Roentgenographically, cervical spine instability is indicated by the horizontal translation of one vertebra relative to an adjacent vertebra in excess of 3.5 mm on the lateral flexion-extension view. Instability also is indicated by more than 11 degrees of angulation of one vertebra relative to another.  


The goals of treatment of cervical spine injuries are (1) to realign the spine, (2) to prevent loss of function of undamaged neurological tissue, (3) to improve neurological recovery, (4) to obtain and maintain spinal stability, and (5) to obtain early functional recovery. After initial medical stabilization and documentation of neurological function, spinal alignment.

Nonoperative treatment.

Many cervical spine injuries can be treated without surgery. Immobilization in a rigid cervical orthosis for 8 to 12 weeks may be sufficient. For a stable cervical spine injury with no compression of the neural elements, a rigid cervical brace or halo for 8 to 12 weeks usually produces a stable, painless spine without residual deformity. Stable compression fractures of the vertebral bodies and undisplaced fractures of the laminae, lateral masses, or spinous processes also can be treated with immobilization in a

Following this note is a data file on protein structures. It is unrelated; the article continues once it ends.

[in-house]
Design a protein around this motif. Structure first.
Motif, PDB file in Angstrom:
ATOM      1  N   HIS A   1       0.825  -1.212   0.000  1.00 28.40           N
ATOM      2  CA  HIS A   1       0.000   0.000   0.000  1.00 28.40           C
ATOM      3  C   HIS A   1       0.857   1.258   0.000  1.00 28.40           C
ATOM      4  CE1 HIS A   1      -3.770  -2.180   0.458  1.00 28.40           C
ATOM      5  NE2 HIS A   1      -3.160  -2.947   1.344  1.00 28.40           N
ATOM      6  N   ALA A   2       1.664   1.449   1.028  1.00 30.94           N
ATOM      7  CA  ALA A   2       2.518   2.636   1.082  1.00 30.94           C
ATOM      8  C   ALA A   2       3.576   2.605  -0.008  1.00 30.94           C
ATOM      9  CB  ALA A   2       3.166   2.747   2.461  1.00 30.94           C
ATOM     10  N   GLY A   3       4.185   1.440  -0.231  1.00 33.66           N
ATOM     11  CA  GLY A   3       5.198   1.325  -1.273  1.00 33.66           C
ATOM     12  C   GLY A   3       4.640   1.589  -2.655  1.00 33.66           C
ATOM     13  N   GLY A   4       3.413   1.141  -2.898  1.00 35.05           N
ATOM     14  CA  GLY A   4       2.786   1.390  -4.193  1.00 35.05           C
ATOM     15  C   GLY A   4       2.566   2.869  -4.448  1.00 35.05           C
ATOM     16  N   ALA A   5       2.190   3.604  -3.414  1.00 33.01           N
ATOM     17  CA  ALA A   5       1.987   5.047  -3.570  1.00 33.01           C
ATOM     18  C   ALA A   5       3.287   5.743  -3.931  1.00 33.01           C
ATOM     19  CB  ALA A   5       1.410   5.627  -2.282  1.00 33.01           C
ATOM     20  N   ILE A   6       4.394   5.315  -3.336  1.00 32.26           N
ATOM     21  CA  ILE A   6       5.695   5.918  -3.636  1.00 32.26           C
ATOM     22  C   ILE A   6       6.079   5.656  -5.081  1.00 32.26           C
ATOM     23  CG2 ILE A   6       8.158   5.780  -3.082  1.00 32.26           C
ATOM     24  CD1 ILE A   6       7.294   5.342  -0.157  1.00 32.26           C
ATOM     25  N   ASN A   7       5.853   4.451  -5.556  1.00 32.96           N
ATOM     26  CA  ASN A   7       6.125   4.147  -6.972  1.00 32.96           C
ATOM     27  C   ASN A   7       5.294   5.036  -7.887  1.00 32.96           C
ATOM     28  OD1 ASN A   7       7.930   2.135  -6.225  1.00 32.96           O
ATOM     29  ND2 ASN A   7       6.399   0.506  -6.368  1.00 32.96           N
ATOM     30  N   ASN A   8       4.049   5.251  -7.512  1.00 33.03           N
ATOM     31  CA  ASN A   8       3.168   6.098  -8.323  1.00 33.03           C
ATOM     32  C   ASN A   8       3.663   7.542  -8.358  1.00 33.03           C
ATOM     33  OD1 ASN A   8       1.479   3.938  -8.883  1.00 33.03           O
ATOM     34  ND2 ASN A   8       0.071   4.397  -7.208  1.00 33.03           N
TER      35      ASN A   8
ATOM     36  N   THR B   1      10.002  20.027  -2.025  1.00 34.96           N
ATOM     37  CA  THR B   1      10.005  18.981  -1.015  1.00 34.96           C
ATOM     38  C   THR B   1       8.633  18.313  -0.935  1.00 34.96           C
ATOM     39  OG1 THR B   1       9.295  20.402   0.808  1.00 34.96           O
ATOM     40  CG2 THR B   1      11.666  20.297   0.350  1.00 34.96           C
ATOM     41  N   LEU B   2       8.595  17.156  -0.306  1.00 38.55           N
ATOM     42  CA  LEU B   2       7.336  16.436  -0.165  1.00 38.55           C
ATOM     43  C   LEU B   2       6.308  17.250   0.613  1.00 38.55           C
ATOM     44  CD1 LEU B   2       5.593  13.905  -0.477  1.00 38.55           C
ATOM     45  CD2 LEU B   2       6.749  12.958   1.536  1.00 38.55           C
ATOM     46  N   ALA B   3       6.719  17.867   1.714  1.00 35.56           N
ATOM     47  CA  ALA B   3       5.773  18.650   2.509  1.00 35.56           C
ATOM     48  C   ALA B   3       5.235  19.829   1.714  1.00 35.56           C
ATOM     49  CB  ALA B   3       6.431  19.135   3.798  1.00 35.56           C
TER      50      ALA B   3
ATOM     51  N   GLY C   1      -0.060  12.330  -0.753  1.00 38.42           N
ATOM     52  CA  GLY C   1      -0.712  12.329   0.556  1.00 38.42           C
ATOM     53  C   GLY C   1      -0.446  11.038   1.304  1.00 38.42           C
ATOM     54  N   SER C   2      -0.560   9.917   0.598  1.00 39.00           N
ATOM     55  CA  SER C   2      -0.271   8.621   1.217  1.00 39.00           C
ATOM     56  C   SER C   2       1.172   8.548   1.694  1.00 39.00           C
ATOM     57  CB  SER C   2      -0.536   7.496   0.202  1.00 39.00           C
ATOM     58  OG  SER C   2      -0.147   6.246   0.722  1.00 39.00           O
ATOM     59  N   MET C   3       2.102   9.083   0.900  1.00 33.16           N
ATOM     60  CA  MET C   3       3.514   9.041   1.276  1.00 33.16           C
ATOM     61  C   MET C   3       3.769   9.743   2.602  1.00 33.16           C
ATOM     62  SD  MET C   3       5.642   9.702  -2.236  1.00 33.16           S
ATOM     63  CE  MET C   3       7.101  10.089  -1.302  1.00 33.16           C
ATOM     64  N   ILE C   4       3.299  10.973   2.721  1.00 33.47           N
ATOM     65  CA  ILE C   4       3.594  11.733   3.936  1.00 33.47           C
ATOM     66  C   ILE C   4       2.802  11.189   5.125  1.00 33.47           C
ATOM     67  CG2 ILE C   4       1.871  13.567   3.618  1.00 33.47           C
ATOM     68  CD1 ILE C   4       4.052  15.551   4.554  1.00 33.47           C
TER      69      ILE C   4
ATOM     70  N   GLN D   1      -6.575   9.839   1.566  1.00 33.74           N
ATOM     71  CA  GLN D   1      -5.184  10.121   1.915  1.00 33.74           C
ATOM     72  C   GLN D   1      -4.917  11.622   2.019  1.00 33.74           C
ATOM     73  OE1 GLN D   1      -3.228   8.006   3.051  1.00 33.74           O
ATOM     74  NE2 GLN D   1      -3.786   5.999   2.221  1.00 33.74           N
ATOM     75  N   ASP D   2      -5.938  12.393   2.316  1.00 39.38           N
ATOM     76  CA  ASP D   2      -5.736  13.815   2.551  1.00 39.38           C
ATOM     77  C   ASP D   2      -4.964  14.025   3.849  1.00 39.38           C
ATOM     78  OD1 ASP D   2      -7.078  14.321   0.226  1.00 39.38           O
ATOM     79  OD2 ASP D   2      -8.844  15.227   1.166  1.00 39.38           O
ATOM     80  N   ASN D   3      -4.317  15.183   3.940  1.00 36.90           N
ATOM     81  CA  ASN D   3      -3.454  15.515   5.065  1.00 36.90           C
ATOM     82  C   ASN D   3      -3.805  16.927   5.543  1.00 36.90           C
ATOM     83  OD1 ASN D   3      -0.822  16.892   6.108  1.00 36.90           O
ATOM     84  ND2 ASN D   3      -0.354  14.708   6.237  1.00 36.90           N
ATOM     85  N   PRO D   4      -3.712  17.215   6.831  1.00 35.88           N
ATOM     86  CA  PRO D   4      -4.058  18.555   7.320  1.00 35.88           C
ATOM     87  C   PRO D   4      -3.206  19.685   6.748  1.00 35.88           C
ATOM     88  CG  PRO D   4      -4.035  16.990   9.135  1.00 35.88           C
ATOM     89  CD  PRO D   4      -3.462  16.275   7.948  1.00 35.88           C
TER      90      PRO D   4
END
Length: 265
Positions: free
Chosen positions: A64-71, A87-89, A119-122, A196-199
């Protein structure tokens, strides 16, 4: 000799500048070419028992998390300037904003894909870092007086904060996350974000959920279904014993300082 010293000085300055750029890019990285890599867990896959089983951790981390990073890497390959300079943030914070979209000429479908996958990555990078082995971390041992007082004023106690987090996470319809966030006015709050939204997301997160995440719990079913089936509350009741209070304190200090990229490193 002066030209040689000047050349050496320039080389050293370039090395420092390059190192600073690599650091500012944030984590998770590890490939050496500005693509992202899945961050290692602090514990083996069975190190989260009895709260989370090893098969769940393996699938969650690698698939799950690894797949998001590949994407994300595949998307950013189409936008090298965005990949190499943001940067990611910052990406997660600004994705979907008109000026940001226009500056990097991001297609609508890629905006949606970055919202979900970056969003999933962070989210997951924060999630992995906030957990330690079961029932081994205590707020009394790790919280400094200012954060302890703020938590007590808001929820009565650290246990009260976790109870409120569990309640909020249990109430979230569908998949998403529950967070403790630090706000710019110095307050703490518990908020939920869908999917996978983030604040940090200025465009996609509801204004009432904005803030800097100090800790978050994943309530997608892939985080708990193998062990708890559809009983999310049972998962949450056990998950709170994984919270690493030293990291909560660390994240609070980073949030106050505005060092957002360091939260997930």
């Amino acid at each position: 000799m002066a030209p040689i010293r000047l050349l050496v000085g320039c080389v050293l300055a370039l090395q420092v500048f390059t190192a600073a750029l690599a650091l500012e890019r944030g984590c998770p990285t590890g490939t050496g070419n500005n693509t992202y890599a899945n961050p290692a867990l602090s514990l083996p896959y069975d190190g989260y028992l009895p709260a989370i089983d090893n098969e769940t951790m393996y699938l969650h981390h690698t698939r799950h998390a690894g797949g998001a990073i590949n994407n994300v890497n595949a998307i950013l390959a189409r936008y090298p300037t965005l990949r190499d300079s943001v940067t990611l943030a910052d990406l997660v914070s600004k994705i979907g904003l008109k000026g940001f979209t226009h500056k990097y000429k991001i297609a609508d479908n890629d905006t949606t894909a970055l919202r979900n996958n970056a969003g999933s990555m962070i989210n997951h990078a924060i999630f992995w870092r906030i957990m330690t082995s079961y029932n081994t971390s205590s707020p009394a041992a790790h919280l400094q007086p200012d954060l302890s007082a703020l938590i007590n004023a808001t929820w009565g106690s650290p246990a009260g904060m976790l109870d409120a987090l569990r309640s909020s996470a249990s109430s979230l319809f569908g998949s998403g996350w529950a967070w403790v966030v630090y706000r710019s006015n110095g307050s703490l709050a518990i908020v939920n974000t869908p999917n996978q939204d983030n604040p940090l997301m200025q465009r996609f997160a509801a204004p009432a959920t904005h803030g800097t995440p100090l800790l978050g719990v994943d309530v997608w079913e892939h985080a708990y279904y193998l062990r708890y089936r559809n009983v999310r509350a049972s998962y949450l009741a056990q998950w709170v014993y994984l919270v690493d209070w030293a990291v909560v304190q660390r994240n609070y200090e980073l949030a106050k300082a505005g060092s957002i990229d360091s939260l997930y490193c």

Halo vest immobilization.

The halo orthosis was first used by Perry and Nickels in 1959 for stabilization after cervical spine fusion in patients with poliomyelitis. Use of the halo vest has expanded considerably since then, and it is used in the treatment of many cervical spine injuries.

Complications of halo immobilization have been reported to occur in as many as 30% of 

Surgical treatment.

Unstable injuries of the cervical spine, with or without neurological deficit, generally require operative treatment. In most patients early open reduction and internal fixation are indicated to obtain stability and allow early functional rehabilitation. Cervical spine fractures may be stabilized through an anterior, a posterior, or a combined approach. This allows rapid mobilization of the patient in a cervical orthosis, and healing usually occurs within 8 to 12 weeks. If the spinal cord or nerve roots have been compressed by retropulsed bone fragments or disc material, anterior decompression, with or without internal fixation, may be indicated to